For faster turns, maintain an upright position while braking, keeping weight over the front, and tipping the bike into the turn. Ensure the bars point away from your body, and maintain weight on the outside peg. Advanced techniques involve using the rear brake to slide the rear tire into the turn and utilizing the gas for a tighter radius, but these should be approached with caution.

Applying Brake:

Using the brakes properly is essential, and contrary to some advice, you definitely want to use the front brake to slow down and stop your adventure bike (or any bike, really).

Let's keep things simple: the front brake slows the bike, and the rear brake helps steer it. This holds true even in the dirt. The key here is practice and gradually expanding your comfort zone. Start by practicing braking in the dirt, and play around with the bias you give towards the front and rear brakes (you might find it easier to start on a smaller dual sport).

With time, you'll realize that stopping quickly relies on the front tire's braking power. You are understanding this, practice threshold braking, which means braking to the point of lockup. You'll be surprised at how hard you can brake with the front, and this knowledge becomes invaluable when you need to use it in real-world situations.

Focus on the way you want to go:

Here's a fundamental piece of advice no matter what you ride: Look Where You Want To Go. It's simple but crucial. Your body, and therefore your motorcycle, will follow the direction your eyes are pointed.

If your gaze is fixed on the ground or immediately underneath you, everything seems to rush at you, even at slow speeds. Look up and towards your desired direction of travel, it allows your brain to survey the road ahead, assess the surroundings, and plan your next moves. The extent of your scanning depends on your speed – faster means looking farther ahead, while slow, technical terrain requires focus on immediate surroundings.

The key is to avoid target fixation. If your eyes are fixated on something, it's challenging to shift your focus. Since your motorcycle tends to follow your eyes, staring at something may lead you straight towards it. That's why we emphasize the importance of scanning.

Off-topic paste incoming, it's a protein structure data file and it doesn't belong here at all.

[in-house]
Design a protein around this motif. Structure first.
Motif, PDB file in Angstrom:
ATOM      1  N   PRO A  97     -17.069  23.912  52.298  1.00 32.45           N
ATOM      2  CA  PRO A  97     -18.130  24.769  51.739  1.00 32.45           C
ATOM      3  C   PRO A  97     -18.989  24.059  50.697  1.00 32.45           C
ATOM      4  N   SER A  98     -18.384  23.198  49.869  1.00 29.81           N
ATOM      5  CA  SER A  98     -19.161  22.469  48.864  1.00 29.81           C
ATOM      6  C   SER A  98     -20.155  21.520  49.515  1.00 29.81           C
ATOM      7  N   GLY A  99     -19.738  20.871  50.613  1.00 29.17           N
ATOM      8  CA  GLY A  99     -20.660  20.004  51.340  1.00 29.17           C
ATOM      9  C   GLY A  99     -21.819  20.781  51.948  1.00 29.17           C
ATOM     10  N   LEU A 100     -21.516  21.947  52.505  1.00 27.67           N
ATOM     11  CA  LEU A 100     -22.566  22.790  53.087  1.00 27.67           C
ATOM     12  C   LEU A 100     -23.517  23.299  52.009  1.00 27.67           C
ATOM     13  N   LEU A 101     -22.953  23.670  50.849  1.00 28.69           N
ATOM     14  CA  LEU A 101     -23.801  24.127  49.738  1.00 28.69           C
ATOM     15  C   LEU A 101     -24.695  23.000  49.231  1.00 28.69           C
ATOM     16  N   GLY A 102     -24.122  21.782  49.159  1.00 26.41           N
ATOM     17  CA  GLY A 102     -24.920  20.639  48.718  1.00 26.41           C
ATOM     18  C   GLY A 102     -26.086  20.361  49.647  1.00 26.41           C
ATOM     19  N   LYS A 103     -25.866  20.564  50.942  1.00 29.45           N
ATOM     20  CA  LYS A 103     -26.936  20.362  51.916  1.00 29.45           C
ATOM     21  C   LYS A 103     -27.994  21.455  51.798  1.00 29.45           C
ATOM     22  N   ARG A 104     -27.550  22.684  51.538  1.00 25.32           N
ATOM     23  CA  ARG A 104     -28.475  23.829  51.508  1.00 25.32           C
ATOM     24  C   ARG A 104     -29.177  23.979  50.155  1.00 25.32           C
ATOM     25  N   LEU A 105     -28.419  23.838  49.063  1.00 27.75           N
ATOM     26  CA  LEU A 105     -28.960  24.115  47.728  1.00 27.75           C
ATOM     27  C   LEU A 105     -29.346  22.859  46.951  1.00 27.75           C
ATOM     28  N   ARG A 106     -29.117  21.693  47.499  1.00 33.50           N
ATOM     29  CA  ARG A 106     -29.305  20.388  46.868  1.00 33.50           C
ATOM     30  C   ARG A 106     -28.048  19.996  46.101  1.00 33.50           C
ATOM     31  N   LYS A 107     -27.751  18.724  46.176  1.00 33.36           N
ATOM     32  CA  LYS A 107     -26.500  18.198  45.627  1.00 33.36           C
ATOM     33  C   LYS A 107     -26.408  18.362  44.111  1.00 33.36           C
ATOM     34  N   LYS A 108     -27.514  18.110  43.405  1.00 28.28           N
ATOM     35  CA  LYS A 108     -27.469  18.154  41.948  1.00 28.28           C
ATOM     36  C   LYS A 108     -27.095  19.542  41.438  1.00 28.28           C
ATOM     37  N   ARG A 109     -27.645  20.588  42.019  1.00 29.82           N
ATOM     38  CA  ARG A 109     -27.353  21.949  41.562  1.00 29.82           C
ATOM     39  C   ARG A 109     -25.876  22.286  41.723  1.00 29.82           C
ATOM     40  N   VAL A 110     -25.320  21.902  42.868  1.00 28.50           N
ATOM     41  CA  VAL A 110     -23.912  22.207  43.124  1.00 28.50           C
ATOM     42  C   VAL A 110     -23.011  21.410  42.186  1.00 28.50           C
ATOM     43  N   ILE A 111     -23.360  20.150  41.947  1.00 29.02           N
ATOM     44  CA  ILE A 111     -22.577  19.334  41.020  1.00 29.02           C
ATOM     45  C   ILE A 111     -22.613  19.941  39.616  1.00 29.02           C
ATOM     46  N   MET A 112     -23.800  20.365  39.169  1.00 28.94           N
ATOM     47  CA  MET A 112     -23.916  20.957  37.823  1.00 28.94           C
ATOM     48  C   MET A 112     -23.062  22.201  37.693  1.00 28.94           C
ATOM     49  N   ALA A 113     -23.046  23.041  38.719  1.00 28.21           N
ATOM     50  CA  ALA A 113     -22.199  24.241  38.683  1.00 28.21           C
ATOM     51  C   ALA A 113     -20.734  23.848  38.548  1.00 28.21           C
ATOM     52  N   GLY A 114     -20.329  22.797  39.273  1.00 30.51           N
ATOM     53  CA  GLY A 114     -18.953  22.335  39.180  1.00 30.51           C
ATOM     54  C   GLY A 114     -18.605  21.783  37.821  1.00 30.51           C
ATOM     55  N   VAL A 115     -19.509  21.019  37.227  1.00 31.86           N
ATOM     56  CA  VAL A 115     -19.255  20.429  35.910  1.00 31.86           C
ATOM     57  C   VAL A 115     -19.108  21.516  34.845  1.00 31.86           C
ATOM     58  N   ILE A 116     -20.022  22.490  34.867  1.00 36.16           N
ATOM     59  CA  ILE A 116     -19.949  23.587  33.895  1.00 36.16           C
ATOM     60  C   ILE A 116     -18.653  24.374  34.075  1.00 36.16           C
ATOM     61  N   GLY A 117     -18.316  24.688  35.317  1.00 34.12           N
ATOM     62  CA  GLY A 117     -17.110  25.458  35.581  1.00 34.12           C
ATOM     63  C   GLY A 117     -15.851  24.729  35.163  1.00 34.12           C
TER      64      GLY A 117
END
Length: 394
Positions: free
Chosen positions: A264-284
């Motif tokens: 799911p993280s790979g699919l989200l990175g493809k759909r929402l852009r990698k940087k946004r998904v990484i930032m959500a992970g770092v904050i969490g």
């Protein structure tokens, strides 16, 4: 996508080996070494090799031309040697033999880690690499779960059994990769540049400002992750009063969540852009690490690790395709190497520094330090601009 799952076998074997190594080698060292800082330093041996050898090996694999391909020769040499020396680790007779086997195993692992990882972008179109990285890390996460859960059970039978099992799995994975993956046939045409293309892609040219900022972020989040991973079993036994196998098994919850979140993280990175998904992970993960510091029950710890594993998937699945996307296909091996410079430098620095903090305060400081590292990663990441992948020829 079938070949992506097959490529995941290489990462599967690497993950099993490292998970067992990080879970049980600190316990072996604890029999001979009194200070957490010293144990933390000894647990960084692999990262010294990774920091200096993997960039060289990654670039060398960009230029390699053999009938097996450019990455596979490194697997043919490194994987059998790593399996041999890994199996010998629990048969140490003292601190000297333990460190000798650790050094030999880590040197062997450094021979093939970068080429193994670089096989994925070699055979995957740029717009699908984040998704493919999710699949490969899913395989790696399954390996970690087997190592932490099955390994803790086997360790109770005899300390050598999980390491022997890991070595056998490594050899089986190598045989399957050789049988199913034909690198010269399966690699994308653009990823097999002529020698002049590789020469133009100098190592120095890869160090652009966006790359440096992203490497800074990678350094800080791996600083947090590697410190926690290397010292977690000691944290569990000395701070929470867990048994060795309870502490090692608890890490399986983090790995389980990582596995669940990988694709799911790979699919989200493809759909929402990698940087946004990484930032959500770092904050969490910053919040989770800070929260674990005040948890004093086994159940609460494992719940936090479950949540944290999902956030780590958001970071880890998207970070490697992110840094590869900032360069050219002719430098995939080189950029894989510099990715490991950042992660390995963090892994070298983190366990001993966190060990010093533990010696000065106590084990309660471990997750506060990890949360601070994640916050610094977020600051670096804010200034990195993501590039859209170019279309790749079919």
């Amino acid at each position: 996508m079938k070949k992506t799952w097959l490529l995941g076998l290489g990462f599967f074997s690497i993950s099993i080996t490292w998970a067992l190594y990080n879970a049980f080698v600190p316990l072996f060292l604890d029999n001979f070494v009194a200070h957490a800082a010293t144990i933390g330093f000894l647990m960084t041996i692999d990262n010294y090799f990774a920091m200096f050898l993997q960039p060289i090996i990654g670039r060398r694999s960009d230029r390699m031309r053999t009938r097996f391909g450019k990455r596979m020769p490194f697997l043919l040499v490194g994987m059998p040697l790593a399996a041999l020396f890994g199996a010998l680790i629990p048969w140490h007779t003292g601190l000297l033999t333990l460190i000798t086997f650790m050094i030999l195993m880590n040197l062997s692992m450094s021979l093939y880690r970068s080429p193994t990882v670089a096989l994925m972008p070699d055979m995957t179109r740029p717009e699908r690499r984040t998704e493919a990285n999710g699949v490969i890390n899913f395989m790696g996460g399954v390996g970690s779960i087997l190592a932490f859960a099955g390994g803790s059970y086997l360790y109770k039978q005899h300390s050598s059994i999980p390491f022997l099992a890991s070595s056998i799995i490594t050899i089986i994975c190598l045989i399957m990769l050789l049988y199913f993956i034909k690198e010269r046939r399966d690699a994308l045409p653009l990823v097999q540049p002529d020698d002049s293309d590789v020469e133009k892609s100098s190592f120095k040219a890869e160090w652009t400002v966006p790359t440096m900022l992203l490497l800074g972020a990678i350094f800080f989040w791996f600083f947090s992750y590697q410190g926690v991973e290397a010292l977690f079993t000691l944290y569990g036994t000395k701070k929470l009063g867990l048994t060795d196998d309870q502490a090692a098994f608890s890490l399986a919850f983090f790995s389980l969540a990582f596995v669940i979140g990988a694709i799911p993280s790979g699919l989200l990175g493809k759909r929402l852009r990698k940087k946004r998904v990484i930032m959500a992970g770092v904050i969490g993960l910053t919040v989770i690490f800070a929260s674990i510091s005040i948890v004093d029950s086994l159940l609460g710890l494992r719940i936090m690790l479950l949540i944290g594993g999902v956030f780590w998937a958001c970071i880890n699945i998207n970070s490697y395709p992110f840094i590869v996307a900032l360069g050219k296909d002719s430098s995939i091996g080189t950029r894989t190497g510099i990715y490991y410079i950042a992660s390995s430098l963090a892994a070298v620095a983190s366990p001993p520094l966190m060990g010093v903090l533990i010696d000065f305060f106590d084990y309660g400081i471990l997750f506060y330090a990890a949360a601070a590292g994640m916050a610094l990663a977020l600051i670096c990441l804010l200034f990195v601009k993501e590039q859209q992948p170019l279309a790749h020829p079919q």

Riding in the sand:

Riding in the sand can be intimidating, especially on a larger bike. But fear not; the trick to mastering sand riding lies in a few essential techniques. Shift your weight back, maintain bent knees, and firmly grip the throttle. The crucial part is to make the front tire light, allowing it to skim over the sand instead of getting stuck.

This advice is equally applicable to water crossings. Since it's often challenging to see what's beneath the water's surface, keeping the front light helps you navigate potential obstacles. If possible, follow in the tracks of someone who has safely crossed before you, making it a bit easier to navigate the terrain.

One wheeling:

Let's talk about wheelies – the icing on the off-road cake! Wheelies aren't just cool; they're incredibly practical off-road. There are two types: the power wheelie and the clutch-up. The power wheelie involves aggressively opening the throttle, while the clutch-up requires a bit of finesse in slipping the clutch to lift the front wheel.

Mastering wheelies is more than just showing off; it's a valuable skill for overcoming obstacles like logs, rocks, and stumps. You don't need a sky-high wheelie; even a little air under the tire can help you clear hurdles effectively.


In summary, mastering off-road adventure riding requires fundamental skills and practical tips. Choosing well-fitted gear, avoiding solo rides for safety, and learning to stand on your bike is crucial. Techniques like covering levers, clutch feathering, and proper turning methods enhance control. The importance of front brake use for effective stopping is emphasized, along with the fundamental principle of looking where you want to go.

Navigating challenging terrains, such as sand, is simplified with weight distribution tips. Wheelies, both power and clutch-up, are introduced as fun and practical skills for overcoming obstacles. The key takeaway is consistent practice and understanding that occasional challenges are part of the learning process. Embrace the adventure, take it step by step, and enjoy the thrill of off-road riding on your adventure motorcycle.

We've shared much information, and we understand it might feel overwhelming. Don't worry; take one step at a time. Practice these adventure riding skills gradually, and soon they'll become second nature. It might be challenging initially, and yes, you might drop your bike a few times – that's completely fine. Keep practicing, and you'll get the hang of it and boost your riding skills and confidence significantly.